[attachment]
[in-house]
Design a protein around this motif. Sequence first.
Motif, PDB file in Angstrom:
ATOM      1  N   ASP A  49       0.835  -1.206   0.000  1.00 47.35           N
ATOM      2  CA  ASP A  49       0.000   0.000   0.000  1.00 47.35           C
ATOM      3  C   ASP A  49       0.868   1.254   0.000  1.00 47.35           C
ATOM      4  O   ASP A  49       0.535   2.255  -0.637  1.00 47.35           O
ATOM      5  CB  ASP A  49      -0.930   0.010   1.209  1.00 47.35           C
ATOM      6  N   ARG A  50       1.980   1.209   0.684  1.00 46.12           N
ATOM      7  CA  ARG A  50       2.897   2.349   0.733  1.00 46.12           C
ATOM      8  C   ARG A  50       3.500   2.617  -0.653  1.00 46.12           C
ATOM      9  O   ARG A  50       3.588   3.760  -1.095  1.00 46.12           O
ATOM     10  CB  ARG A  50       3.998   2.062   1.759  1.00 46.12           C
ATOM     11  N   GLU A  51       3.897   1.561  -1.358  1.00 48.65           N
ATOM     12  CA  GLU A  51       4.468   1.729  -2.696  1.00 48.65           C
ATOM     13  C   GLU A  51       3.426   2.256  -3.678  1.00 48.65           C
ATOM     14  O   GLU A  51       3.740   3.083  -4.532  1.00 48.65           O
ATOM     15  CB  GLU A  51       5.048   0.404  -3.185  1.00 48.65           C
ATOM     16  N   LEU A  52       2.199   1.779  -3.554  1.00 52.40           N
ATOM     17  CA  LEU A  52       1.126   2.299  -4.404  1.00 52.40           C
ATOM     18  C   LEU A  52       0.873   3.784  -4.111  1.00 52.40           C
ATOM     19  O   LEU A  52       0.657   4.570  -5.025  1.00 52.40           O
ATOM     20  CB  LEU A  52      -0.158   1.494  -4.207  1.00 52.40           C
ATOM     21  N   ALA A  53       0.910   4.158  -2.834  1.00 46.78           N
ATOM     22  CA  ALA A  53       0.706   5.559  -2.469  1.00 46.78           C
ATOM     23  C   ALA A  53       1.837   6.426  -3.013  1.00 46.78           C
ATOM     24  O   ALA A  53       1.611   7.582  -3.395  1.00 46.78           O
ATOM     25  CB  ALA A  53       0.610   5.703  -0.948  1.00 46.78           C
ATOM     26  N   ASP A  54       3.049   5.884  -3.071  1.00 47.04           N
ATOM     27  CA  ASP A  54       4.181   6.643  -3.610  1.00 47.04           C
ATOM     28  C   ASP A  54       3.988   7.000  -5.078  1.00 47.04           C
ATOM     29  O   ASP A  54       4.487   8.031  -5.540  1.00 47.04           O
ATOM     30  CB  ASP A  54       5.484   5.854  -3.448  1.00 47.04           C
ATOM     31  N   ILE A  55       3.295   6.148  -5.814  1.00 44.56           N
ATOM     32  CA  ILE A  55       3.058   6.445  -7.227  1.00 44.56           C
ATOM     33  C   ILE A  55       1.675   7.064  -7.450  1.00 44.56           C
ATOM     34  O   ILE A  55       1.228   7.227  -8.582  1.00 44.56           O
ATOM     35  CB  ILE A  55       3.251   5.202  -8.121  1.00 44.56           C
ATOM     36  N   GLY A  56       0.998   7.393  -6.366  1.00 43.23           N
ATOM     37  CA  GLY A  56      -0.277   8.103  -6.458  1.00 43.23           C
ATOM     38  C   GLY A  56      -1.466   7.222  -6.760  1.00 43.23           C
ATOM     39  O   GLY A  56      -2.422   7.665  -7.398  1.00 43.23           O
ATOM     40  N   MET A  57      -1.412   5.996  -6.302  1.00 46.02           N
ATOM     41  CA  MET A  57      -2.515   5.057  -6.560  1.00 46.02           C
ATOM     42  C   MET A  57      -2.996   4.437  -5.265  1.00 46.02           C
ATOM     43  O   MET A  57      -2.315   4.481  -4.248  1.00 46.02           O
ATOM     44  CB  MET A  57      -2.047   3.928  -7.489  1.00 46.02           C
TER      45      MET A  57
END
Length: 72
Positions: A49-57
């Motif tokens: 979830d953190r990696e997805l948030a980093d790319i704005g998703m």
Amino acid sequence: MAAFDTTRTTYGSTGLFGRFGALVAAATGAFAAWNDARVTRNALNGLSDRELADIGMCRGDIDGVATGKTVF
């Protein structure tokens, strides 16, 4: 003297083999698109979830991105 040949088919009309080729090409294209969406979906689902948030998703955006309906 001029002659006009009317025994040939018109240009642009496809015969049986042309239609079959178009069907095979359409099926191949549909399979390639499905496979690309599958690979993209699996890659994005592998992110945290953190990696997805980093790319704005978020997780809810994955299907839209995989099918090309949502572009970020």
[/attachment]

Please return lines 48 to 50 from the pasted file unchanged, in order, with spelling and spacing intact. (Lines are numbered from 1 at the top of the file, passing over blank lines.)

TER      45      MET A  57
END
Length: 72